Note that depending on your Desktop movement settings, you might be able to adjust the left/right aspect of your throw by moving to the left or right (this can be easier in 1st person (F3) mode).
New simple skeleton: a simplified avatar skeleton reference file (70 bones, and refered to as a “low resolution” skeleton in the reference documents) to make it easier to hook up animations. See Avatar reference files in the Sansar knowledge base.
The following notes were taken from the Sansar Product Meeting held on Thursday, January 17th. The meeting was chaired by Stanley, the Director of Product for Sansar at Linden Lab and who was marking his first time leading a product meeting. Also in attendance (who I noted) were Cara, Aleks, Leslie, Nix and Stretch Linden.
Stanley has been with the Lab for some six months, and has been working closely with the Product team with a focus on improving the consumer experience, particularly the integration with Steam.
Sansar Dollars To US Dollar Conversions
On Wednesday, January 16th, 2019, Linden Lab published a Sansar blog post outlining Sansar Dollar to US dollar conversions. The post follow-on from changes announced in December related to Sansar becoming available on Steam – specifically the closure of the SandeX, which has been replaced by a flat-rate exchange rate for S$<>USD transactions.
The latest blog post outlines the key points of the new exchange process. In short:
Sansar dollars can be converted to USD at the rate of S$250 to $1.00. However, anyone who created their Sansar account before December 31, 2018, can exchange at the legacy rate of S$143 to $1.00 through until December 31, 2019, after which the conversion rate for all accounts will be S$250 to $1.00.
The Process Credit page has been re-enabled for moving USD to PayPal accounts. However, to allow for processing of funds that may come via Steam, processing may take up to 30 days to complete a request.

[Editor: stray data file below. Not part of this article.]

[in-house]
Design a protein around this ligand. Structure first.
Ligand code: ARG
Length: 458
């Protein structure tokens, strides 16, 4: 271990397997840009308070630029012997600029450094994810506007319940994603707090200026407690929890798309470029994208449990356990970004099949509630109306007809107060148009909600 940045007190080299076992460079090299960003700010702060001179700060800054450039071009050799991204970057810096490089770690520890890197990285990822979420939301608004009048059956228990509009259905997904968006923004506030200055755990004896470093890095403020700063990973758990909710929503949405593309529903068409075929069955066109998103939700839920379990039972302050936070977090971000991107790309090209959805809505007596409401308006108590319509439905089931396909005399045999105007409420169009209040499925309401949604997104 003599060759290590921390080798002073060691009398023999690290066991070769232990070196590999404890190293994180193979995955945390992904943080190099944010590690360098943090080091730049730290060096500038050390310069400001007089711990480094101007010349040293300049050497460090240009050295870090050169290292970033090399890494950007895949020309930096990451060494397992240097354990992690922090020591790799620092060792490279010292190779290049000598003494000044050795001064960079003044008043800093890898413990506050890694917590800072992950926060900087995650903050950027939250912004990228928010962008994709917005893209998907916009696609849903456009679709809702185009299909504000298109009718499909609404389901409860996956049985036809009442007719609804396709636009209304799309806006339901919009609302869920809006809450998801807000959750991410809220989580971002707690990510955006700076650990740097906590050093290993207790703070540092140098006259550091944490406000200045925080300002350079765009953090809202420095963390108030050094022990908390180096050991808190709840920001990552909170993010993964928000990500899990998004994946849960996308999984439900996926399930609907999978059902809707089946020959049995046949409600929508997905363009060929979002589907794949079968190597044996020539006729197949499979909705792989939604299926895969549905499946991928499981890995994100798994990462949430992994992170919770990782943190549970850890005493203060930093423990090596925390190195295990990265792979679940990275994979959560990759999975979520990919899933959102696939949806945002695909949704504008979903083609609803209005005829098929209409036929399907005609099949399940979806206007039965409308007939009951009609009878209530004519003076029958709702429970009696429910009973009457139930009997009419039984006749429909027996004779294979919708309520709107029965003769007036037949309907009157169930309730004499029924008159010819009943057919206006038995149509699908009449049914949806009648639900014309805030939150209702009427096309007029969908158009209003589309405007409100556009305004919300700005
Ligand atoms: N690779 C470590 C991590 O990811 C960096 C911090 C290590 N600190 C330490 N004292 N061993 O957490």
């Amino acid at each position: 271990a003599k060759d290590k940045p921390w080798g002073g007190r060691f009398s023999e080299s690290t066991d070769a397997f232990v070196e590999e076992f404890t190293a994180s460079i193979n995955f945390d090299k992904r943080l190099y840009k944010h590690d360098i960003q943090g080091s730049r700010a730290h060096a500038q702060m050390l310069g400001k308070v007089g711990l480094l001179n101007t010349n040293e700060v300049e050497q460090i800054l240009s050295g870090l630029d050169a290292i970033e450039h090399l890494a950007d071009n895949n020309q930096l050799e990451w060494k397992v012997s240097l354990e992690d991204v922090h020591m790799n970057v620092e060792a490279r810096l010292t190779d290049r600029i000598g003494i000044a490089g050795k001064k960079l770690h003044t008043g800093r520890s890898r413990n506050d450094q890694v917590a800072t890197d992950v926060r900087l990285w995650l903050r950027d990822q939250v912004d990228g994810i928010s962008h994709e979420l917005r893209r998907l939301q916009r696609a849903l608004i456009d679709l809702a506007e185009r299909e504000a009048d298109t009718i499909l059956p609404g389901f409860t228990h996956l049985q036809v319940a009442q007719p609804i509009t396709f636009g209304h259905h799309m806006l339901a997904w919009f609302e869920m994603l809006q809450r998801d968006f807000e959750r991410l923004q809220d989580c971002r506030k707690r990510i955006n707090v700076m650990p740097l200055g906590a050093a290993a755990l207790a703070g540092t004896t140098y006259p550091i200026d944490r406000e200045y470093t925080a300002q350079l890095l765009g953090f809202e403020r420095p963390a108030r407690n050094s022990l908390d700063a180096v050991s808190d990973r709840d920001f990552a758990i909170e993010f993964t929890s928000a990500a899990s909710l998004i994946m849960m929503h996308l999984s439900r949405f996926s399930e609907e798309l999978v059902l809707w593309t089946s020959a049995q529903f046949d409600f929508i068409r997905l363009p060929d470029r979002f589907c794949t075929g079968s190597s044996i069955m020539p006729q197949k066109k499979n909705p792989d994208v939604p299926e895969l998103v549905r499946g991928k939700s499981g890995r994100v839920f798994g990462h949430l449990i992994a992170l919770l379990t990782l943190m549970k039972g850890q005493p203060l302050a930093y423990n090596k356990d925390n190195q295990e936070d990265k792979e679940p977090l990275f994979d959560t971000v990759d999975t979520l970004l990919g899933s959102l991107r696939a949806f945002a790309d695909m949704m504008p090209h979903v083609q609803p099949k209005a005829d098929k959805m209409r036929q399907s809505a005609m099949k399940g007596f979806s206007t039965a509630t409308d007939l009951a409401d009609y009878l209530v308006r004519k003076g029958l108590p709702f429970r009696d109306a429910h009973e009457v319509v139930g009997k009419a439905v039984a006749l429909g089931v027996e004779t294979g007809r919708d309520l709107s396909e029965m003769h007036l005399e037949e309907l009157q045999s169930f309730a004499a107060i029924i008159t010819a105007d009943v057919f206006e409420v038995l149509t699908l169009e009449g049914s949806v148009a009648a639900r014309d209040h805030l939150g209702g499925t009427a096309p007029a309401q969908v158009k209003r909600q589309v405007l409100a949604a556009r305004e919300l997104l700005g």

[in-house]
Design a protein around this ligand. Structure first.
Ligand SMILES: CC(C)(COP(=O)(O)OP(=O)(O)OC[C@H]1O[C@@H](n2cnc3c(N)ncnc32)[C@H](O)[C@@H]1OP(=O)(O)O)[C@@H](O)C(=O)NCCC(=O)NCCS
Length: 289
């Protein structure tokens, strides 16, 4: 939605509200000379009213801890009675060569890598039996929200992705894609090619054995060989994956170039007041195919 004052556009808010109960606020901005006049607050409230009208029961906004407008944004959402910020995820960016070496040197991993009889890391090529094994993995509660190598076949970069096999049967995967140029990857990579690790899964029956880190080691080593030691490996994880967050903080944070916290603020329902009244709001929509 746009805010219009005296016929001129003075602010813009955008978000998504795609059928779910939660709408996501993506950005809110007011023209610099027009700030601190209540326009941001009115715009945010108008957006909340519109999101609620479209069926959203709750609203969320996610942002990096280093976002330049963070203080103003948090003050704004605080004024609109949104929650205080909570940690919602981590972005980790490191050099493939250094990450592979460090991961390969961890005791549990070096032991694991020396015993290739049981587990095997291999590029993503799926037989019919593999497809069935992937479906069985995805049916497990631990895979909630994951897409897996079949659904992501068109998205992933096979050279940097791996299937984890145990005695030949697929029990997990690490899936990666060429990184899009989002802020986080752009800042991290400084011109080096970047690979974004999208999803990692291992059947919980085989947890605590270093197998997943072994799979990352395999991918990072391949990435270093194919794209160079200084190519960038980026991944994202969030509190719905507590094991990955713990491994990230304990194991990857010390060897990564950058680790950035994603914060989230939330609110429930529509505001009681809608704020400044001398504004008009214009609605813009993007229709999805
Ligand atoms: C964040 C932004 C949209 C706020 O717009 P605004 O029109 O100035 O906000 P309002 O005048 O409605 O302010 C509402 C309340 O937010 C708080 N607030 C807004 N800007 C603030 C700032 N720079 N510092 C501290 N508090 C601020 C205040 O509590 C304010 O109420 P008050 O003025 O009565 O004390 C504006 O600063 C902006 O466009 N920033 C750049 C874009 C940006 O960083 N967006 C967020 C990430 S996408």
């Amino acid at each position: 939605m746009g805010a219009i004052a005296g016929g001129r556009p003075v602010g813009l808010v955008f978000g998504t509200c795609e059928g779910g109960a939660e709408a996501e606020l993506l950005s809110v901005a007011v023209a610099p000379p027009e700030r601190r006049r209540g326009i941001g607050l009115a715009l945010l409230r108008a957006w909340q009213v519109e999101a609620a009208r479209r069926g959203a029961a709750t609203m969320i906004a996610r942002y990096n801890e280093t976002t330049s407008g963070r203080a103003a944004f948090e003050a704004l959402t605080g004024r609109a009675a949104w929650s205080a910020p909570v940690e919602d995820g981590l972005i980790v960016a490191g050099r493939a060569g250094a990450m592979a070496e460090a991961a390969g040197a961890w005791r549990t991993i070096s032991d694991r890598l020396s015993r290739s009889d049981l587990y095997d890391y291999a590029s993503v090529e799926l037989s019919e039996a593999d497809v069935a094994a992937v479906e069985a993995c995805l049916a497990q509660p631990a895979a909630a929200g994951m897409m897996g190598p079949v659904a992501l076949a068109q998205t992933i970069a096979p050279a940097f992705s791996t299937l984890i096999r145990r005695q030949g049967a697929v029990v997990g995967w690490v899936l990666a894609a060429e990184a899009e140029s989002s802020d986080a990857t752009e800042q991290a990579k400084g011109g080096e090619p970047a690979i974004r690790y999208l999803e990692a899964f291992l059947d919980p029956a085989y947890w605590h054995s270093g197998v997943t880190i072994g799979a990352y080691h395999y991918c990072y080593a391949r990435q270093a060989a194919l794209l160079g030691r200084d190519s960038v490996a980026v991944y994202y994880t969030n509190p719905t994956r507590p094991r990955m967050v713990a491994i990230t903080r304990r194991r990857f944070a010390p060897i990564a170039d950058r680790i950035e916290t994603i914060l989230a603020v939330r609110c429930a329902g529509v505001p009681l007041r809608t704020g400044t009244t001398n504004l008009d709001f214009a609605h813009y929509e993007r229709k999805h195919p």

However, there is more – and it has been somewhat negatively received.
Only “Earned Dollars” can be cashed out. That is, only S$ obtained via the sale of goods / services. S$ that are purchased or received as a gift / tip cannot later be cashed out (although all S$ held before the January 16th blog post have been converted to Earned Dollar Status).
It has been calculated that, even allowing for easements elsewhere in the system, creators are losing some 60% of potential income when cashing out.
This latter point was of particular concern at the Product Meeting, but the Lab’s hand is forced on the matter due to Sansar now also being provisioned through Steam, there is also concern as to whether the S$ > USD exchange rate might undergo further adjustments other than that planned for the end of 2019.
There are currently no plans to introduce adjustments to the cash-out exchange rate beyond those indicated in the blog post, which amount to anyone cashing-out paying around 60% in commissions. To help offset this, the Lab no longer takes a commission on any store-based transactions between users; they only take a commission on the cashing-out of S$.
Even so, and not unreasonably, creators feel that the shifting of fee payments to the cashing-out process means they are effectively subsidising the Steam integration, particularly given that – by the Lab’s own admission – the majority of users in Sansar are still coming directly into the platform, rather than via Steam, yet Steam still take a cut of the cash-out transactions.
The Lab acknowledge this is currently one-sided, but given they have no means at this point in time to accurately judge how much of an impact Steam will have on Sansar’s usage, they have erred on the side of caution. But whether in time the commission percentages could be adjusted, very much depends on how traffic flow through Steam develops over time, with changes to the cash-out process liable to be considered very carefully before being implemented.